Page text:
was never given the reigns when the investment arrived. admissions were made
about the many mistakes that were made and the ‘type’ of people that came in.
But with the message and focus returning to youth as a clear strategy I feel it’s
a huge mistake again to allow Steve to be pushed out in this way. If you went
on a recruitment drive you would have to break the bank to gain the incredible
capabilities of a Steve Gallen that produced players against the odds. Tony
Fernandes has one under his nose and surely must reverse this decision if taken
out of his hands.
"Steve [Gallen] was great. He always had such confidence in me and that gave me more confidence in myself"
Its been much reported as the chairman having the wool pulled over
his eyes and as part of that maybe he was told the same stories about what I read
and what’s implied. The club hasn’t produced players over Steve’s term. Well, Let’s
investigate that further. After some quick research of the football league and
beyond it became very apparent that I would be able to put together a very
decent team and squad from current players that all came through under Steve’s
guidance and responsibility. Here it is….
These players are a mix of current QPR players, players sold and
players released. The point is, they all make a reasonable living. Some higher,
some lower but it’s a great testimony to Steve’s work. Imagine if he had been
given the opportunity to drive the improved investment bus? This was on a
shoestring compared to now.
As well as these players, most of which are still young and developing with therefore a great chance of making a higher grade, Steve led the U18's to 3 x league titles in his term and 1 x national cup. He was runner up in the U21 final in more recent years. In a New York tournament QPR beat Inter Milan and Liverpool to win an international trophy. Against all odds they had reached a quarter final of the FA youth cup beating level one class leading Southampton on the way to losing at Newcastle at St James Park. Clubs that had been investing millions in their academies for years.
For an Academy to work properly there a simple equation in my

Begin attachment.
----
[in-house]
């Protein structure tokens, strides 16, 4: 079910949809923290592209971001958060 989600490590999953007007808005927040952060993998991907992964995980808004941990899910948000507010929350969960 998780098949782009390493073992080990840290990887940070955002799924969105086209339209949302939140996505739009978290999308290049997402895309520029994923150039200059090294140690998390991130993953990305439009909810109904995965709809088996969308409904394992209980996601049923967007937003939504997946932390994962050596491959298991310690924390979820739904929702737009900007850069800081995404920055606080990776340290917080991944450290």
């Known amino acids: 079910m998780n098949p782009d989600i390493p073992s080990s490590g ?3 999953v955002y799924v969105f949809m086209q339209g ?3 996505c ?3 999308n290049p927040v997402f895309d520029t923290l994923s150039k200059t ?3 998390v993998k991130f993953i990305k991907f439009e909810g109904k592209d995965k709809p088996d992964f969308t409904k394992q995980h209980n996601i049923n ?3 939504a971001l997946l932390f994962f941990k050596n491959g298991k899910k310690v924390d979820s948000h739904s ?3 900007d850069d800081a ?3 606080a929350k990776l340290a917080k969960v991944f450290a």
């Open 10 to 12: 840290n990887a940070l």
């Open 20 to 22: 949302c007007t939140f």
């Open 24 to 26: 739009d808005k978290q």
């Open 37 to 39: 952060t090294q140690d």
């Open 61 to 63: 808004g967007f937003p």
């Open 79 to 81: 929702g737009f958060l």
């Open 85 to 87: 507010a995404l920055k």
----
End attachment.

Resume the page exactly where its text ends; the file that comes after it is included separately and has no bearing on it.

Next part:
You cannot turn a bull dog into a greyhound derby winner. You
cannot turn a shire horse into a winner at Aintree. There is a starting point
of talent and it’s the most crucial part. The trouble with a club like QPR is
its competitive. When real talent presents itself you have to compete with
clubs around you. You walk the player around the facility. In the days of Steve
this was clearly tough to sell. Then it’s the people. You prove to the parents
that you actually care and have good morals and transparency. Then you show
them the proof of the pathway making it clear they have a chance. In the past
of course this was again tough to sell.
Of course development is vital. You don’t take your new Mercedes
to a back street garage. You want it cared for by the best. No doubt the coach
has more contact with the player than anyone and could truly break a player as
well as be pivotal in developing them. That’s also mentally as well as
technically. Coaches like Fitzroy were great examples of that. He cared, you
could feel his personality and he had the knowledge to back it up. In 20 years of being in professional clubs, Steve is the best coach I have seen and Ive worked with many high profile names.
Its home. It’s the place you spend most time. As well as the
bricks and mortar it’s the holistic science that now has been introduced to the
game. The support of medical teams to keep players fit and protect them as well
as pitches and equipment that gives the player the tools as well as the feel
All of it doesn’t matter if the club doesn’t have a strategy to
bring the players through. In the past its obvious that this was not happening.
Of course the players have to be good enough, but they also need a chance.
With those four pillars ticked you will then produce players for
the first team. Mr Fernandes, you are frighteningly close to getting it right this time. But you need the right people. If you don't reconsider than I'm sure Steve will be back in work soon and everyone moves on.
Knowing Steve he wont thank me for writing this, but its got to be said. I'm sure I speak for many when I say I thank you for all you did for the people you came into contact with and I'm sure fans that understand the depth of work, dedication, professionalism and value you brought to QPR they will also join me in showing their appreciation!
Jamie Vardy non league to Premier League top scorer
So it seems that the can of worms opened at Fifa has turned
into a hidden cave of worms. So, whilst our own FA makes clear its disassociation
from the deep deceit for personal gain, I wanted to pose them questions about
TalentID. I’m certain that as they promote honesty, integrity and transparency
the key people there will welcome the concept that we should continue to review
and take care of our own house first and do what’s good for football.
They have a new Talent ID department delivering courses to
professionalise recruitment of players. Like most things delivered by the FA,
some we will agree with, some we won’t. Introducing overlapping coaching
courses like Youth Modules for example could be deemed overkill by a sceptic
but actually, having been on them I have found them to be excellent and would
highly recommend coaches of any qualifications complete them. It’s good to